By Pradeep Balachandran, Chair IEEE Communications Disability SIG, Mohan Kumar, V P Megachips, Munir Mohammed, Program Specialist ComSoc & eHealth,
Bringing enhanced abilities for those with disabilities through the advancement of technology and standards development is a primary goal of the IEEE Communications Disability Special Interest Group. Towards that end, it recently sponsored an Assistive Technology Hackathon that was held on 24 September 2016 in coordination with All India Institute of Speech and Hearing (AIISH), Mysuru, India. This collaborative effort reached out to the engineering student community inviting them to apply their collective talent and potential by proposing abstracts and participating in hackathon.
Assistive Technology encompasses any item, piece of equipment or product system that is used to increase, maintain or improve the functional capabilities of individuals with disabilities, including commercially acquired items that may have been modified or customized. Advances in Assistive Technology can bring benefit to individuals with communication disorders and a variety of congenital conditions such as cerebral palsy and autism, as well as incidental conditions such as amyotrophic lateral sclerosis, traumatic brain injury and aphasia.
The Assistive Technology Hackathon call for proposals reached all of the Engineering and Research Institutions in Mysuru through the IEEE Engineering in Medicine and Biology (EMBS) chapters and IEEE Student Branches. In response, 46 abstract proposals were received and reviewed, of which 26 were approved for presentation. At the culmination of the hackathon eight teams were selected by the judges for technical supervision and clinical immersion at All India Institute for Speech and Hearing. In addition, three cash prizes were awarded to the following teams:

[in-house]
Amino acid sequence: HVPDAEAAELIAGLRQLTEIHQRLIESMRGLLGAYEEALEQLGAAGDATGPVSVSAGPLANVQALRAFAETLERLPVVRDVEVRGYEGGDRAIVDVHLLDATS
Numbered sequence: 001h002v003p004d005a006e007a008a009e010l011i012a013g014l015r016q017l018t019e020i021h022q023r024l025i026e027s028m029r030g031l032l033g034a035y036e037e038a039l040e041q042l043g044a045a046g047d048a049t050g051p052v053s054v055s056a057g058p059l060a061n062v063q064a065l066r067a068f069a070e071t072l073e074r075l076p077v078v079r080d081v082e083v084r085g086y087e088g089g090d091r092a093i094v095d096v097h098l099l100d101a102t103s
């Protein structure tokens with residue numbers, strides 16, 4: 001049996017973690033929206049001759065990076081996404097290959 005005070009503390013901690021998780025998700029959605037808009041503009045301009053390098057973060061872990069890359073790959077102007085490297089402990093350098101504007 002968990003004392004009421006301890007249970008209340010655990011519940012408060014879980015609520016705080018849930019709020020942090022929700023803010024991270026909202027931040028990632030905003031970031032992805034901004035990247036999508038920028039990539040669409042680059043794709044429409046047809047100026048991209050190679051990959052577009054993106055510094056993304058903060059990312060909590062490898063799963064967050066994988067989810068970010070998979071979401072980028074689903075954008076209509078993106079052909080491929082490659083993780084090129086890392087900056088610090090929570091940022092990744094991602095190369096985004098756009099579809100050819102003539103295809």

1st Prize: Sign Language Recognition (TS307) – M.I.T. Mysuru
2nd Prize: Hand Talk (TS207) – N.I.E. Mysuru
3rd Prize: e-Module for listening comprehension (TS302) – AIISH, Mysuru
The teams to be inducted by AIISH included:
- Intelligent interactive front desk enquiry system (TS105) – G.S.S.S. IETW, Mysuru
- Low cost device for prolong hearing (TS106) – A.T.M.E. College of Engineering, Mysuru
- Hand Talk (TS207) – N. I. E., Mysuru
- Symbolic language to text and speech conversion (TS301) – Vidya Vardhaka, Mysuru
- Real time text to speech conversion and translation system (TS303) – S.J.C.E., Mysuru
- Text to speech – Speech to text conversion and implementation (TS304) – NIE-IT, Mysuru
- Sign Language Recognition (SLR) (TS307) – M. I. T., Mysuru
- Yantrika Vani, Kannada (Regional Language) Text-to-Speech System (TS308) – Vidya Vikas, Mysuru
The Assistive Technology Hackathon helped build a bridge between the user community, academics and industry, as well as providing the opportunity for students to potentially be offered internships at companies attending the hackathon, including Philips, Skanray Technologies and Titan Company Limited. It also marked the formation and possible extension of a special interest group for the visually challenged, also supported by the IEEE Standards Association.
The Hindu, a major national newspaper in India, provided coverage of the event.